Welcome

29 09 2009

Welcome to the course blog for Film Theory: Comedy, a seminar in the Department of Theater, Dance and Film at Franklin & Marshall College. You can view and download the syllabus for the course at http://tdf.fandm.edu/. Please visit the blog for our introductory video production class, as well, at http://tdf173.wordpress.com.

Blogs posted to this site are for the purpose of fostering classroom discussion about theories of film comedy. Frame grabs and film clips posted here are “fair use” according to the Code of Best Practices in Fair Use for Online Video published by the Center for Social Media at American University.

Useful (and free!) imaging resources for bloggers include Jing (for grabbing and labeling images and stills), Handbrake (for grabbing DVD clips), and MPEG Streamclip (for editing clips).

SYLLABUSASSIGNMENT





What is Comedy?

29 09 2009

The fundamental function of comedy as a genre is to foster or promote social integration, according to the theories we read this week. Does this  explain how your movie functions as comedy or not? (Note that the question I want you to address this week is what is comedy, not what is funny. It is important to keep in mind, not just this week but for the rest of the term, that a film comedy is a whole movie, not just the funny stuff.)





PowerPoint Assignment

15 09 2009

Every week, one of you will be assigned to develop and present some positive theoretical argument about film comedy, supported with examples from your selected film and outlined with a PowerPoint presentation. Obviously, an all-purpose theory of film comedy is impossible, especially in a brief presentation, so you need to single out some aspect of your selected film to explain: a short scene, for example, or a specific technique. The purpose of this assignment is to begin to tool up for the thesis paper each of you will be required to write, at the end of the term.

Remember, when preparing this presentation, that the goal of film theory is explanation, not just analysis or description. Remember, too, to try to prove your theory, since we are going to bring the same critical or skeptical eye to your theory that we do to every other. Feel free to draw on relevant ideas we have encountered previously in the class, in readings or discussions.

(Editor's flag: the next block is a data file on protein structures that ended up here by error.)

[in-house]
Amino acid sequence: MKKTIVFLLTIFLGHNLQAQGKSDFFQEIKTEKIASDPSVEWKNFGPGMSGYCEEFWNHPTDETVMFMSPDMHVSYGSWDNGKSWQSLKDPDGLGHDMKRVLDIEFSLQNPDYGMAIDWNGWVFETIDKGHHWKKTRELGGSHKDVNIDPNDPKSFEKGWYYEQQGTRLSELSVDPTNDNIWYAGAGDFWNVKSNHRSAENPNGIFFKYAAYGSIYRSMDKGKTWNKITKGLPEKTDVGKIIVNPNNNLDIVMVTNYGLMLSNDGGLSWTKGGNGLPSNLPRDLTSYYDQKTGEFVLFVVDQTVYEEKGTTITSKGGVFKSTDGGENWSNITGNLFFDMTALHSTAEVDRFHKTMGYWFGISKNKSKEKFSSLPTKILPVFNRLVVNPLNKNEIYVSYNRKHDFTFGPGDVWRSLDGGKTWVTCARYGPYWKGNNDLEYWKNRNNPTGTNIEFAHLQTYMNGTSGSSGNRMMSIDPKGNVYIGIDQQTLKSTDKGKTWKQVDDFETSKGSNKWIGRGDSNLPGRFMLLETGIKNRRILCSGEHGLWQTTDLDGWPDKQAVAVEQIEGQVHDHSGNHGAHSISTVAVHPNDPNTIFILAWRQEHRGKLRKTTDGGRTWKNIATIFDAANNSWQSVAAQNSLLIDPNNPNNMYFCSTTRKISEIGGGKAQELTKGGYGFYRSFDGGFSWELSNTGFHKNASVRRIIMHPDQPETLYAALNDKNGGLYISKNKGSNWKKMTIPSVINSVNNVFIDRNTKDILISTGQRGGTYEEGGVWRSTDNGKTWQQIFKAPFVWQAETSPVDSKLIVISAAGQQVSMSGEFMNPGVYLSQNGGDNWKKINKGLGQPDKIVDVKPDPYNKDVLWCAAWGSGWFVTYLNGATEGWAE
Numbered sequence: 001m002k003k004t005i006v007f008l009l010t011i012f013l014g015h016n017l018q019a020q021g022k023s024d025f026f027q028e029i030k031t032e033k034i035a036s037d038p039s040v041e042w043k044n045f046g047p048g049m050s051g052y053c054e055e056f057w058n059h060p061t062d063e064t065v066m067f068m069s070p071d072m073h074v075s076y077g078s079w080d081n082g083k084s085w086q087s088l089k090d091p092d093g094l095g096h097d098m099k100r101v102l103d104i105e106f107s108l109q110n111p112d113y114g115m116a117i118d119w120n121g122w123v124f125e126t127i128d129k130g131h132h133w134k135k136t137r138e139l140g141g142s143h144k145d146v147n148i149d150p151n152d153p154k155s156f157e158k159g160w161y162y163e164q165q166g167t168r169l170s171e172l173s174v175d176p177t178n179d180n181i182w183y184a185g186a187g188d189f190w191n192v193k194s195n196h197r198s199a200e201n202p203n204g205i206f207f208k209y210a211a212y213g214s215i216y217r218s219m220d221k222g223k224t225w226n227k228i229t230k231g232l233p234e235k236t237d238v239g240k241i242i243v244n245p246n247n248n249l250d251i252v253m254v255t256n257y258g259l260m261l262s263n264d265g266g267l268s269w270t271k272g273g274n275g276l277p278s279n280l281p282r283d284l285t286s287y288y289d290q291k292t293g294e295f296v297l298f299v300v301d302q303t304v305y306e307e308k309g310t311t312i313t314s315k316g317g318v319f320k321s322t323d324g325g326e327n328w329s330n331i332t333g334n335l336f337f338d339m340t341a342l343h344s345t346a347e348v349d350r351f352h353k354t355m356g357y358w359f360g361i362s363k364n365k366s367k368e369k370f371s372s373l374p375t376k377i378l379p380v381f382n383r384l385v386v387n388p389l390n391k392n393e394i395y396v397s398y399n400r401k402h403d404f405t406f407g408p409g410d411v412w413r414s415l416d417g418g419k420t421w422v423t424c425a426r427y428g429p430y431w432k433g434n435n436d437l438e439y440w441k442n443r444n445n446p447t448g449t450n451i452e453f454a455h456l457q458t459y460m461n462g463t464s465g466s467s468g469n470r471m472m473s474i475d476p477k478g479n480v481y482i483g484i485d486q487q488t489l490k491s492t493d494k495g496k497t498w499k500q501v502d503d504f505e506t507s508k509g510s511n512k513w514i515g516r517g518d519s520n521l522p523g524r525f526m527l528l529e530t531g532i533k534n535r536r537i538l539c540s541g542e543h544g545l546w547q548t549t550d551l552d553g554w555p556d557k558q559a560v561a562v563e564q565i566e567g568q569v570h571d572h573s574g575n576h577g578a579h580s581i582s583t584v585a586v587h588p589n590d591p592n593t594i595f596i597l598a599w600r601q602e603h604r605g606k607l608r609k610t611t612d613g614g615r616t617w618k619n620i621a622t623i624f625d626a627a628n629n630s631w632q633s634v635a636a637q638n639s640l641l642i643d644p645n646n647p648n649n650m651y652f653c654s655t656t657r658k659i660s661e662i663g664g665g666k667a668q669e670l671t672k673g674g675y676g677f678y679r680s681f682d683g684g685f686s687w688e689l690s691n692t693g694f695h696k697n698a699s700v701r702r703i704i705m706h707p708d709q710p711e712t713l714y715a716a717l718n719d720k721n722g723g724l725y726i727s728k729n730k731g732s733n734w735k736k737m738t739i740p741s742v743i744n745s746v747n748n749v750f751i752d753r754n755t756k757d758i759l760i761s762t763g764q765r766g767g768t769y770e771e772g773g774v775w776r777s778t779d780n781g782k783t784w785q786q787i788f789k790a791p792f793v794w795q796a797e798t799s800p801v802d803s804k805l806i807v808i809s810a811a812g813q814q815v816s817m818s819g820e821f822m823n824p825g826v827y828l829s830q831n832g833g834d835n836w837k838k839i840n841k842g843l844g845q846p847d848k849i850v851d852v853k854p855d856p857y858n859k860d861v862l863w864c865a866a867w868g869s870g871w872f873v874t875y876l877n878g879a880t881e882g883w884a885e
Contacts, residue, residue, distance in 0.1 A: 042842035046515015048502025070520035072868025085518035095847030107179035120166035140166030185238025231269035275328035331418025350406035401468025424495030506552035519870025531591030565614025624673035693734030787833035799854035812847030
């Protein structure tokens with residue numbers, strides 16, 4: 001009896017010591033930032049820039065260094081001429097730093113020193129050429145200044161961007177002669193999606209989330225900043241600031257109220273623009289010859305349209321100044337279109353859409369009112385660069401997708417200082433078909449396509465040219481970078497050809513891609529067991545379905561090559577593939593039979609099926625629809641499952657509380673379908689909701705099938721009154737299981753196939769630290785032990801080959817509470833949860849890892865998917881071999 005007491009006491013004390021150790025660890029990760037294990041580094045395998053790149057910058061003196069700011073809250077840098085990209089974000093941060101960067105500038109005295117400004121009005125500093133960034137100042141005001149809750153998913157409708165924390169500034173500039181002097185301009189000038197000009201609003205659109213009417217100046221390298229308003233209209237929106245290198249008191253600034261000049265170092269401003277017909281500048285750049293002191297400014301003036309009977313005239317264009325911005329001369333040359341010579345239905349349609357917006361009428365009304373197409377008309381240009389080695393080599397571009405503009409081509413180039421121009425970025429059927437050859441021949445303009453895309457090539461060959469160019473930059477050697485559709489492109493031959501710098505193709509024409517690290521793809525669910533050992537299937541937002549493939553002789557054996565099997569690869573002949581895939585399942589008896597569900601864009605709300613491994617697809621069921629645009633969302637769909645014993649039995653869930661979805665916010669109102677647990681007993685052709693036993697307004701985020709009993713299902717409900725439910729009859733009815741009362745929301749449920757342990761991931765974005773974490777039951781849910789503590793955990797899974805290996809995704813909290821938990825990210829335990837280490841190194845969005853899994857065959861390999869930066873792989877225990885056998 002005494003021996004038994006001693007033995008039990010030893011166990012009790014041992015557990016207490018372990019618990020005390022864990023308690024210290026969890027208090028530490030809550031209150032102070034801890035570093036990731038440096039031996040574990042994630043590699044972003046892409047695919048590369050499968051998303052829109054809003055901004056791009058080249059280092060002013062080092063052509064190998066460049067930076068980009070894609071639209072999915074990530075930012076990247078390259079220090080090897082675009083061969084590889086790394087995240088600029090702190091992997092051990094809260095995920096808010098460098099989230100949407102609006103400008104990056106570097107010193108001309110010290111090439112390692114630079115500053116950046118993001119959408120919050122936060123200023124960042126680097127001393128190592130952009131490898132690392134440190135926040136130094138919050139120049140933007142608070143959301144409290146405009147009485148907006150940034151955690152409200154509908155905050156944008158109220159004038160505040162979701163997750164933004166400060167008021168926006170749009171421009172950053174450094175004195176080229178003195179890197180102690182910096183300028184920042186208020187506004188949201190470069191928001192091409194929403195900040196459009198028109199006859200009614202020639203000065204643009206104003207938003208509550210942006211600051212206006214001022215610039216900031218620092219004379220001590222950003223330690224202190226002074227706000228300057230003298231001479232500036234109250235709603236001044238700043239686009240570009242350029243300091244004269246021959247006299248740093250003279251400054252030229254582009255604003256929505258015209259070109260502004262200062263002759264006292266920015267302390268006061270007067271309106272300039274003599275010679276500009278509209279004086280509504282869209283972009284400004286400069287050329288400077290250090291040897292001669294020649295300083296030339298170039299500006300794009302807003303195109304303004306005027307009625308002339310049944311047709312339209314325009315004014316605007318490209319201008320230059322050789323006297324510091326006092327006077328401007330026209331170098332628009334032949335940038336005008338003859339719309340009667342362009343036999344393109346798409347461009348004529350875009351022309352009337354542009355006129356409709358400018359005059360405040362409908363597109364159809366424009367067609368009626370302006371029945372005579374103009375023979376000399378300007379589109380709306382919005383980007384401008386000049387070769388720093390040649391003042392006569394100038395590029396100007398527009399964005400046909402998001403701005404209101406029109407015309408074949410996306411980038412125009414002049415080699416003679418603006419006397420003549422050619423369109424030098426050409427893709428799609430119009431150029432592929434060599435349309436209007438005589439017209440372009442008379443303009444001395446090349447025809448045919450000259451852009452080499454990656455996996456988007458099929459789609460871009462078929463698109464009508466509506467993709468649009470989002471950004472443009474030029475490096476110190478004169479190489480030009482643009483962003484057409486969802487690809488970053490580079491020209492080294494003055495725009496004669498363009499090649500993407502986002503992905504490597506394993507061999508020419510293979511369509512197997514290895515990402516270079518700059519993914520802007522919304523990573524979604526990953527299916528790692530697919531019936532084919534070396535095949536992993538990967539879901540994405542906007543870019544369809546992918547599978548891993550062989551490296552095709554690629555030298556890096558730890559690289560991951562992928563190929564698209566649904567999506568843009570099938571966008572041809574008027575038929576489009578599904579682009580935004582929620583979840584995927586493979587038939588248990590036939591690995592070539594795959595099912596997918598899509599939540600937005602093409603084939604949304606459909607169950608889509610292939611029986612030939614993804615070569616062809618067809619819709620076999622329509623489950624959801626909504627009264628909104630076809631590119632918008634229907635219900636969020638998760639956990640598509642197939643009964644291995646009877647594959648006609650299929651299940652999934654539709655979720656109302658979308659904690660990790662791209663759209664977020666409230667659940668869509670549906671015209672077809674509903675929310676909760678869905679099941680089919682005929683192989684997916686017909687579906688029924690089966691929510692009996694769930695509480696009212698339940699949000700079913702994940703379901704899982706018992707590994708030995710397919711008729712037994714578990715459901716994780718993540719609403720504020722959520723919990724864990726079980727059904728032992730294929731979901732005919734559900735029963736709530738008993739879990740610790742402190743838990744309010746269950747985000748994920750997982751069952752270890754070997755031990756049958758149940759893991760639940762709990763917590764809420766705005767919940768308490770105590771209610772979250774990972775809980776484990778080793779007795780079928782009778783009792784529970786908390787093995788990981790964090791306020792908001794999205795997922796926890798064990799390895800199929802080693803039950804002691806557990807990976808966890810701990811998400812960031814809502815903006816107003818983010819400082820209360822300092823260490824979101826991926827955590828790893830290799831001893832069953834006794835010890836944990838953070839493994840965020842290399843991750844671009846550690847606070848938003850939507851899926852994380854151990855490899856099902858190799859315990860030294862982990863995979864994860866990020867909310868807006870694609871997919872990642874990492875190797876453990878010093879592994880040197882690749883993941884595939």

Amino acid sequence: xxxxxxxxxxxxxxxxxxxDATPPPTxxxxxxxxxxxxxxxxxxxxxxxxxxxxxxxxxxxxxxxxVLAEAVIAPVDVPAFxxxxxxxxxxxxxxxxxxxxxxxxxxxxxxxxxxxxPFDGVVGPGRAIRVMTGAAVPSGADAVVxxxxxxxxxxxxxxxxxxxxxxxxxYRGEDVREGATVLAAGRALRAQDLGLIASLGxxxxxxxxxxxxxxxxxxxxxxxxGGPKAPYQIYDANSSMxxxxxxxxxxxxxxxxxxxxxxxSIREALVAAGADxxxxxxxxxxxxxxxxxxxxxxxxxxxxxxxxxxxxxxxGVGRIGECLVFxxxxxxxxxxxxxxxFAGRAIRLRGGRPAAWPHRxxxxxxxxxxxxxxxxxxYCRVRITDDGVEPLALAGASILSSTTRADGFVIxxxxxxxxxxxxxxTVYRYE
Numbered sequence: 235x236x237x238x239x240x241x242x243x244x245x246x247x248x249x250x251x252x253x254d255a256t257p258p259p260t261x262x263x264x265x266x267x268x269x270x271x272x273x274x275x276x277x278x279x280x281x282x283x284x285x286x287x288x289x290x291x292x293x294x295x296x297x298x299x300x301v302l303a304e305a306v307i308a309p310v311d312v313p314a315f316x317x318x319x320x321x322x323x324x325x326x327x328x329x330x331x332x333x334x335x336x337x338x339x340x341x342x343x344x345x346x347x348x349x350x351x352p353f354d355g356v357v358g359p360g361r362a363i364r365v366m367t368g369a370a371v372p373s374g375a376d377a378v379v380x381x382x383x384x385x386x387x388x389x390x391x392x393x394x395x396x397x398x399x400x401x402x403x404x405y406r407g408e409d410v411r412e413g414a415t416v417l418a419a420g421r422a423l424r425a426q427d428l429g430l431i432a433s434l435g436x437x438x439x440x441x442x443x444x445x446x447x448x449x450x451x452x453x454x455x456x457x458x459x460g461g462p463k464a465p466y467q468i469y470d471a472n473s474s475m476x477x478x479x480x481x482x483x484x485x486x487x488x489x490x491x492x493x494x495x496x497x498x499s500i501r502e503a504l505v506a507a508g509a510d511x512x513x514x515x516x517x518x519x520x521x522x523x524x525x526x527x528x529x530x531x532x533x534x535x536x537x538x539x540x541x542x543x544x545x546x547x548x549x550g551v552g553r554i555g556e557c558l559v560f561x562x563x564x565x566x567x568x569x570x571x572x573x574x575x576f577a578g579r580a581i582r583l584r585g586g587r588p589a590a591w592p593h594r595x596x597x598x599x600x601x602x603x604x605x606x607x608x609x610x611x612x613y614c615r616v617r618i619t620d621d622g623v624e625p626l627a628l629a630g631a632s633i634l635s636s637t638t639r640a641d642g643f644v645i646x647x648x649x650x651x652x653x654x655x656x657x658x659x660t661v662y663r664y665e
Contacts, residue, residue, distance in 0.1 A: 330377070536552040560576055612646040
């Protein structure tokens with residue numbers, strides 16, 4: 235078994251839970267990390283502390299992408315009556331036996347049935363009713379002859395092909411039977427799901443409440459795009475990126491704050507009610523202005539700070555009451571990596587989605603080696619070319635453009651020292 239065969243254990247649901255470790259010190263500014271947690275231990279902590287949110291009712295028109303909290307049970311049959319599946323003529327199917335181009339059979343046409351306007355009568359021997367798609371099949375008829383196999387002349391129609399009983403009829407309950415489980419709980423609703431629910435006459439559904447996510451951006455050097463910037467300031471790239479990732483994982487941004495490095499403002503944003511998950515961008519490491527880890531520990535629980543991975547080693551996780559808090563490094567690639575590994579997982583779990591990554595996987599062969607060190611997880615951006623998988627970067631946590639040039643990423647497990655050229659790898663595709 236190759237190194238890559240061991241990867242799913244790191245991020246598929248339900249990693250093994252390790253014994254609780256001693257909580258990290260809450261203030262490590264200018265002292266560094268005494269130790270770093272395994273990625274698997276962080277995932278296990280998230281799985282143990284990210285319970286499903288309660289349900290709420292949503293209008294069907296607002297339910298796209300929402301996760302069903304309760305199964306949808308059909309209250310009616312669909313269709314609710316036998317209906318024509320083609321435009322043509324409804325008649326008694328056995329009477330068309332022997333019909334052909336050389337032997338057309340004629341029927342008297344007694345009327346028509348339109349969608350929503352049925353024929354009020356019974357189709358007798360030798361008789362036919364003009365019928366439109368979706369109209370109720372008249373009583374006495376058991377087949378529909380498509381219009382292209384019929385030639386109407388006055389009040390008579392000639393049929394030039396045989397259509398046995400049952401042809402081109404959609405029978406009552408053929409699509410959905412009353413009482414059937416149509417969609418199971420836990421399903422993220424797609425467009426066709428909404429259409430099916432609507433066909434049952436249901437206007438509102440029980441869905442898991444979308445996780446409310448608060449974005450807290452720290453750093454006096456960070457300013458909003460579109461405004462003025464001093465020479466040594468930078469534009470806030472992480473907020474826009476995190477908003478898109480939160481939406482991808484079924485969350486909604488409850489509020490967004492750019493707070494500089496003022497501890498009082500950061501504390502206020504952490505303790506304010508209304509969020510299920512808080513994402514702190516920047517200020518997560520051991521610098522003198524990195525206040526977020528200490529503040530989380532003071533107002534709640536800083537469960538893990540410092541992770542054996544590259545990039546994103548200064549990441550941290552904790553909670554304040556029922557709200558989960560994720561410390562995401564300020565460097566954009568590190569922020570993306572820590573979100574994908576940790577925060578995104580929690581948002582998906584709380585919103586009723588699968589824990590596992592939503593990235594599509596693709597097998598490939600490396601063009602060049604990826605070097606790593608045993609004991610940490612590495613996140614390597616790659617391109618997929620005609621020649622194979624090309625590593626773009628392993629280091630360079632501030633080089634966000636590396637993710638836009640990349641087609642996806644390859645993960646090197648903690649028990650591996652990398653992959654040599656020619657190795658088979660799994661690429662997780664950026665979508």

As with your blog posts, I will grade these presentations √, +, or −,  taking into account the quality of your insights and the care of your argument. √ will be the norm.





Assignment

15 09 2009

In general, Tuesday’s discussions will be devoted to simply trying to comprehend and digest the reading assignments for the week. Thursday’s discussions will be devoted to assessing the theories presented in the readings and exploring possible alternatives. In between Tuesday and Thursday, each of you needs to come up with your own personal assessment of the week’s readings. That is the purpose of this blog.

So, every week, you will write a short and pithy post responding to the week’s readings. In this post, you must offer your own personal assessment of strengths and weaknesses of theories presented in the week’s readings based either upon logical argument or upon analysis of empirical evidence drawn from the film you have selected to focus on for the semester. Although your prose may be informal, you need to take pains to make your argument both careful and compelling. If you are making a case with reference to examples to your film, please use frame grabs or short clips so that we can check out your evidence for ourselves.

Give your post a brief descriptive title. “Sign” your post with your first name and last initial. Also, you might wish to add descriptive tags to your post, e.g. “Carroll” or “incongruity theory,” so that other students working on the same topic can find and refer to your ideas later in the term.

Finished posts must be on line by 11:30 am on Thursdays, to give me time to read them before class. I will grade your post √, +, or −, taking into account the quality of your insights and the care of your argument. √ will be the norm.